The terms “anxiety attacks” and “panic attack” are often used interchangeably. However, while they share several common symptoms, anxiety and panic attacks are actually two very different conditions.
One of the fundamental distinctions between an anxiety and panic attack is the intensity and duration of which the symptoms are felt. Panic attacks typically last for approximately 10 to 20 minutes on average, whereas an anxiety attack may persist long-term.
Panic attacks are typically associated with panic or psychiatric disorders and can be expected or unexpected. Unexpected panic attacks happen suddenly and often with no trigger. Individuals experiencing a panic attack are overwhelmed by an intense feeling of fear and discomfort.
On the other hand, the term “anxiety” is an umbrella term for various anxiety disorders such as social anxiety disorder, obsessive-compulsive disorder and post-traumatic stress disorders. An individual suffering from an anxiety attack will experience worry and nervousness. However, this feeling is not as intense or extreme as one would experience with a panic attack.
Differences in symptoms
While there are similarities between anxiety and panic attacks, the differences between these two conditions are best highlighted by comparing the symptoms.
Physical symptoms such as an accelerated heart rate, dizziness and chills are some examples of the similarities between anxiety and panic attacks. However, these physical symptoms are often much more intense than that of an anxiety attack as the body’s “fight or flight” response takes over. Panic attacks also come with serious mental symptoms such as derealisation, depersonalisation, fear of losing control, and even the fear of dying.
The symptoms of an anxiety attack are often persistent and long-lasting. Thus, it is common for those suffering from an anxiety attack to experience disturbed sleep, restlessness and difficulty focusing on their tasks. The effects of anxiety may sometimes be affecting an individual subconsciously as they go about their day. Contrastingly, panic attacks involve disruptive and intense symptoms.
Treatment for anxiety and panic
Whether you are struggling with anxiety or panic attacks, treatment is available to help you cope. Treatment can be in the form of self-help techniques, medications or professional counselling and psychotherapy.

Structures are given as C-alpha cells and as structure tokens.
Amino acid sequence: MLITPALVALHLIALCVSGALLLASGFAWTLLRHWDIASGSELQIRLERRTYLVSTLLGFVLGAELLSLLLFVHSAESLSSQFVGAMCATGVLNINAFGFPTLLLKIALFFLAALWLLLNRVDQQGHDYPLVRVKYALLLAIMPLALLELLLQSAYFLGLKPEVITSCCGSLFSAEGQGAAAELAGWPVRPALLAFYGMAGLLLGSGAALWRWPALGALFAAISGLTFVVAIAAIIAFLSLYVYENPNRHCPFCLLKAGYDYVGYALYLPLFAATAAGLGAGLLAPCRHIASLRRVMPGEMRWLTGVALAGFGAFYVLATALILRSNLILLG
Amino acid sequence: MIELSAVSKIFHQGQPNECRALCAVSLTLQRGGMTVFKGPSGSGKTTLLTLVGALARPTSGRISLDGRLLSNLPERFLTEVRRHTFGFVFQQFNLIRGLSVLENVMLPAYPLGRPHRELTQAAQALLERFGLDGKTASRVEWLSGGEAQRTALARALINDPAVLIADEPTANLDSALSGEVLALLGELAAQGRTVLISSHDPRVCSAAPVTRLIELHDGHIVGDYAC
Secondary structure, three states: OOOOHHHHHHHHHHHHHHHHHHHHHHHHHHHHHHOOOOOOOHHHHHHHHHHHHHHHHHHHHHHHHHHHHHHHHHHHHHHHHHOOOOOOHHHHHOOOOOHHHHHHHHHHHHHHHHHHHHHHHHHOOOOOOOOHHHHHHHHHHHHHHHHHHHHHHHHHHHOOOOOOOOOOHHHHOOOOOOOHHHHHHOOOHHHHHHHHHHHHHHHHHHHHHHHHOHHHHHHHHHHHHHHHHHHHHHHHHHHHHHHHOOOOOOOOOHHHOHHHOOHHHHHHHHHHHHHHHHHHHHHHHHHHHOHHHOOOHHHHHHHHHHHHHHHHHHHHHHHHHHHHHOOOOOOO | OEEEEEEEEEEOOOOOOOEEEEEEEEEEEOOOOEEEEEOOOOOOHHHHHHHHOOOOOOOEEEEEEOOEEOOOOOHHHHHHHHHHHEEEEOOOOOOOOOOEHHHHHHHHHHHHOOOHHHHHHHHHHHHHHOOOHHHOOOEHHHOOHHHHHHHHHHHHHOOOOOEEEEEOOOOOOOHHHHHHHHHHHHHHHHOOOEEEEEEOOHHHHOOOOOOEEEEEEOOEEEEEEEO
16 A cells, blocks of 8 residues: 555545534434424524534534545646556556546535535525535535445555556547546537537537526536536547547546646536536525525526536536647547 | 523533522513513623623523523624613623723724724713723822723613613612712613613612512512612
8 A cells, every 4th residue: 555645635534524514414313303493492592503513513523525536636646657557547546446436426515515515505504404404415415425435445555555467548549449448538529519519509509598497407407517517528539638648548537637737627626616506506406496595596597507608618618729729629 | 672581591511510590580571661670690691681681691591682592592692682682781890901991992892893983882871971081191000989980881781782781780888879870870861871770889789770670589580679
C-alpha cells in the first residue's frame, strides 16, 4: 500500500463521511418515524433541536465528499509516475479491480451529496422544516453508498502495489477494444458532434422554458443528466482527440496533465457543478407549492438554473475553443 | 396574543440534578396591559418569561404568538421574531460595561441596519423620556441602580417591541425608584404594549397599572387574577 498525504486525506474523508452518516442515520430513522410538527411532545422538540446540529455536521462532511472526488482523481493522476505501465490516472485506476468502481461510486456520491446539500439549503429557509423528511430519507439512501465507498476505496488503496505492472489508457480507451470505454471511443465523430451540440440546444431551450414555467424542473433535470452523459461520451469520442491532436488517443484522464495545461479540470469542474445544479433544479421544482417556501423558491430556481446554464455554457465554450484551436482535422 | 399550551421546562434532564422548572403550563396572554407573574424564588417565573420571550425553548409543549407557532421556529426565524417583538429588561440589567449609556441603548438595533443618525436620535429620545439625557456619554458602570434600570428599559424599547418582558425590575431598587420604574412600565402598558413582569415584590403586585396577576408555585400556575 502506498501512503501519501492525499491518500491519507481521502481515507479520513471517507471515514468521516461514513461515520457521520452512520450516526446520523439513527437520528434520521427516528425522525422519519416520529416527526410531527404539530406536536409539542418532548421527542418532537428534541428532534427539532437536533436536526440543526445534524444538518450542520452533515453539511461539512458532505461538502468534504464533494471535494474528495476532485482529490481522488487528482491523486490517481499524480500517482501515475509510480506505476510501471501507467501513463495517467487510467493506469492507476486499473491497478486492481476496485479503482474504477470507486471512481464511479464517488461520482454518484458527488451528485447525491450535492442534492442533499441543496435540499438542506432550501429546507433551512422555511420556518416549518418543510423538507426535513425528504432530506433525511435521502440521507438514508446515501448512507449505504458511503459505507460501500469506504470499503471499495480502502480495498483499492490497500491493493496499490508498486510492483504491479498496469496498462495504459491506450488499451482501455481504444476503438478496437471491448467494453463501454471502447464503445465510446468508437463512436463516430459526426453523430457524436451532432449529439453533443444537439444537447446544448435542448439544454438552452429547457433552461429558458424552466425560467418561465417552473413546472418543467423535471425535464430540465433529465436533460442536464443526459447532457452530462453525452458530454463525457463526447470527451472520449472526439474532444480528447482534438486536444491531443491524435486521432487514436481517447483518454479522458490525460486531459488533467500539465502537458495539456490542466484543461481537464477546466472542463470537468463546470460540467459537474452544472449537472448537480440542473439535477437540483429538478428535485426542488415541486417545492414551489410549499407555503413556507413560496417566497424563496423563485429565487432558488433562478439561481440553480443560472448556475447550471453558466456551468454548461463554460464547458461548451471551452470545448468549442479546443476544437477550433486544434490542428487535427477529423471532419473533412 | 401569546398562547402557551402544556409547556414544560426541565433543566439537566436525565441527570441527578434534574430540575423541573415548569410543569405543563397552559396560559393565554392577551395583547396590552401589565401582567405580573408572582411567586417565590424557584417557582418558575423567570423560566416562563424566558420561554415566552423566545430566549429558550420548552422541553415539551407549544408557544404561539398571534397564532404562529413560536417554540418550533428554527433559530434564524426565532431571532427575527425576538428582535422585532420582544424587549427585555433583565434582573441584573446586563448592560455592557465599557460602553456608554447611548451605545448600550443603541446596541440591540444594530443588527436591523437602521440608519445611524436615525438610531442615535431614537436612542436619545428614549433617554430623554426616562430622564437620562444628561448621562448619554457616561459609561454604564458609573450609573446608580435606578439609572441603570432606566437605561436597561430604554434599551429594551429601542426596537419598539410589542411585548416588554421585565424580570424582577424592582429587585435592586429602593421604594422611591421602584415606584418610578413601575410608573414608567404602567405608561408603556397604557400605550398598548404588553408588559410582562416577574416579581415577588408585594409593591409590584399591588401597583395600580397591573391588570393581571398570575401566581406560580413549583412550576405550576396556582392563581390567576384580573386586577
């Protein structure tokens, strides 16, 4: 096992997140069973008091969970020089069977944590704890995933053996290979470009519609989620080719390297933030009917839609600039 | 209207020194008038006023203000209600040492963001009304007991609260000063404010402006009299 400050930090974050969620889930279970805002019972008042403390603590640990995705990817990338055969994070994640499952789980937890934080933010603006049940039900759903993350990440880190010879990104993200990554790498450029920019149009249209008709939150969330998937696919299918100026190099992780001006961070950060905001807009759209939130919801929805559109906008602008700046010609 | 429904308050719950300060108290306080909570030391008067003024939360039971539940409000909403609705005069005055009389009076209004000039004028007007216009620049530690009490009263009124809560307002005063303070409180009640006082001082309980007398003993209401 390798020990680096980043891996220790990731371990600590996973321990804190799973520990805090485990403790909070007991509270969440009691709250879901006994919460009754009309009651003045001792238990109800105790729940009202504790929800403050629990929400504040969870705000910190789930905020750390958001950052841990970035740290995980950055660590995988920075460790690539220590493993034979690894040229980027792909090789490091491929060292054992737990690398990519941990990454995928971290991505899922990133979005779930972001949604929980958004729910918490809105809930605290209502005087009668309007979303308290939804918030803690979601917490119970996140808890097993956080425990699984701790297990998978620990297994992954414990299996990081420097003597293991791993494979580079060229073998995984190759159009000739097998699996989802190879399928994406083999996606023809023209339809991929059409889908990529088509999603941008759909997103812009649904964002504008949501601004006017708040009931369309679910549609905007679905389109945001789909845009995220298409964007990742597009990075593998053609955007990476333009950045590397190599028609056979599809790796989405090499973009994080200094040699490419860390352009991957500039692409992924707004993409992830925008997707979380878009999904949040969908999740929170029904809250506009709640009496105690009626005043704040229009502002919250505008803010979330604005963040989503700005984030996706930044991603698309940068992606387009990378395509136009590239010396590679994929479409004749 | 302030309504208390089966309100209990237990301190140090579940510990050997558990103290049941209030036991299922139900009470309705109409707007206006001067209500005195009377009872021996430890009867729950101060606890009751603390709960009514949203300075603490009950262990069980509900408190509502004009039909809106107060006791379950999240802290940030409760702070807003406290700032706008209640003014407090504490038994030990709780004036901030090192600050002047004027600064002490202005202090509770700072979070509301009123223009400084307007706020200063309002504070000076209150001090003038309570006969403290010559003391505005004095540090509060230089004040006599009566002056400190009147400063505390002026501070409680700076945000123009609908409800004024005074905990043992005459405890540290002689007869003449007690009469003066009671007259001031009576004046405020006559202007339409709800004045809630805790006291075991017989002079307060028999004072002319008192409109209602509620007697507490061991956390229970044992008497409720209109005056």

1. Home Remedies
Practising mindfulness is an effective self-help technique that can help alleviate symptoms of anxiety and panic attacks. Mindfulness is a technique that helps an individual focus on the present. Breathing exercises and relaxation techniques such as aromatherapy and muscle relaxation are also effective ways to calm down when you are experiencing symptoms.
Medications such as antidepressants may be prescribed to you by your doctor. However, they are often a short-term remedy to assist in minimising your symptoms whilst you work on long-term strategies
3. Counselling and psychotherapy
Psychotherapy is an in-depth treatment that allows you to gain a better understanding of your symptoms, resolve past hurts and develop techniques to resolve them. Professional counselling and psychotherapy facilitates your personal growth by allowing you to gain a clearer perspective of your issues.
When left untreated, anxiety and panic attacks can cause disruptions to your everyday life. If you are experiencing anxiety or panic attacks and would like to seek help, we are committed to working with you for your recovery.
Here at Emotionally Great, we offer counselling services for anxiety, so you can overcome and conquer anxiety-related issues. These issues can be complicated to completely treat on your own as it takes a diverse set of therapy strategies to tackle the numerous factors that cause anxiety in the first place. We adopt a repertoire of psychotherapy techniques such as cognitive behavioural therapy, schema therapy, visualisation and more.
The sooner you begin therapy for anxiety, the sooner you would be able to get well. Book an appointment for a session with our qualified professional psychotherapist today.